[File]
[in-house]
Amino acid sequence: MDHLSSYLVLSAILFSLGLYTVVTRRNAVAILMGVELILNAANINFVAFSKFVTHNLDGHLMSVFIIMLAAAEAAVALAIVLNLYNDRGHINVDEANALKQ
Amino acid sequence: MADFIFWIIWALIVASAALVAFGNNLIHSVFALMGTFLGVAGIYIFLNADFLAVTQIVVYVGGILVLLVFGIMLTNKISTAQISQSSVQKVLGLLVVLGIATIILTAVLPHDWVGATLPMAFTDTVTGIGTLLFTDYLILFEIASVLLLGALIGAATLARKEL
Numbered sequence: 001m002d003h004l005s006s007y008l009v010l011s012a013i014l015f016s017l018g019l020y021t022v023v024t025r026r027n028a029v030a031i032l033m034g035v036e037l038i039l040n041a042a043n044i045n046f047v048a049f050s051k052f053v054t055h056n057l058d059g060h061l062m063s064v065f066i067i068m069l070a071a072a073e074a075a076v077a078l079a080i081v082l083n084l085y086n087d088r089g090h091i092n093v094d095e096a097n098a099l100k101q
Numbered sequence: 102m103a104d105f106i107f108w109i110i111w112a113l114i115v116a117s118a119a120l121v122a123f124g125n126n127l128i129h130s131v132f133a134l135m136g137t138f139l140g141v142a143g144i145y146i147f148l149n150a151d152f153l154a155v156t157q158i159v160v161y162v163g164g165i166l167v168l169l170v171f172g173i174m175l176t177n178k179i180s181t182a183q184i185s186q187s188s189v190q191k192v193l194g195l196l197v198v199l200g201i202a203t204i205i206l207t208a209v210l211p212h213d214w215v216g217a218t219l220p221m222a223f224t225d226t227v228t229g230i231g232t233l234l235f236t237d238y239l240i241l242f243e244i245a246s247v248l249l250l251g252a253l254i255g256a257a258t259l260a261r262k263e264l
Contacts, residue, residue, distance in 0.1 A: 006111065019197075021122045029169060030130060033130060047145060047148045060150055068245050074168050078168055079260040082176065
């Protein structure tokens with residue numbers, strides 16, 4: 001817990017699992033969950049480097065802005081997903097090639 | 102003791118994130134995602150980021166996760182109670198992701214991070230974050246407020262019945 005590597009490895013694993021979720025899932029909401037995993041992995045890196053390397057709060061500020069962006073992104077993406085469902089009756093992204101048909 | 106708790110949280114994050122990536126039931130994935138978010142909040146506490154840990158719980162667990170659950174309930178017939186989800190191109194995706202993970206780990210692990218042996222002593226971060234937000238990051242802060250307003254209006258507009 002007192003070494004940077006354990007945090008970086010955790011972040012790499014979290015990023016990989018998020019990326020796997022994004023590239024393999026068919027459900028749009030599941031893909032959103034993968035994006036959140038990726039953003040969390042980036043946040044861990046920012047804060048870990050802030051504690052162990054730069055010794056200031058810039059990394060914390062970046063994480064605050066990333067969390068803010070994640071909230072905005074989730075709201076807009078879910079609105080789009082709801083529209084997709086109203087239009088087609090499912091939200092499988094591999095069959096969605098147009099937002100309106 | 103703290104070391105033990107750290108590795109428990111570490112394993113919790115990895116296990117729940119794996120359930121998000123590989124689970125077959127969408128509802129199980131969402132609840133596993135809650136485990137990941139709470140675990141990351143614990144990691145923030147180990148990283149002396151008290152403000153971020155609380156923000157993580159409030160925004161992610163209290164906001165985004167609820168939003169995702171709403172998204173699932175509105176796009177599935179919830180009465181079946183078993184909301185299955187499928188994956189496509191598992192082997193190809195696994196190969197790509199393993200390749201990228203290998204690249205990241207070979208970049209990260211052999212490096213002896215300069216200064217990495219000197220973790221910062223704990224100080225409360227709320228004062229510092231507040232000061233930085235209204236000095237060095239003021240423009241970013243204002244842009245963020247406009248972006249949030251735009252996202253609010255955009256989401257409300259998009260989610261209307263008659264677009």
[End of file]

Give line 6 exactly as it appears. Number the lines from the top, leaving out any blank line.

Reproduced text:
Contacts, residue, residue, distance in 0.1 A: 006111065019197075021122045029169060030130060033130060047145060047148045060150055068245050074168050078168055079260040082176065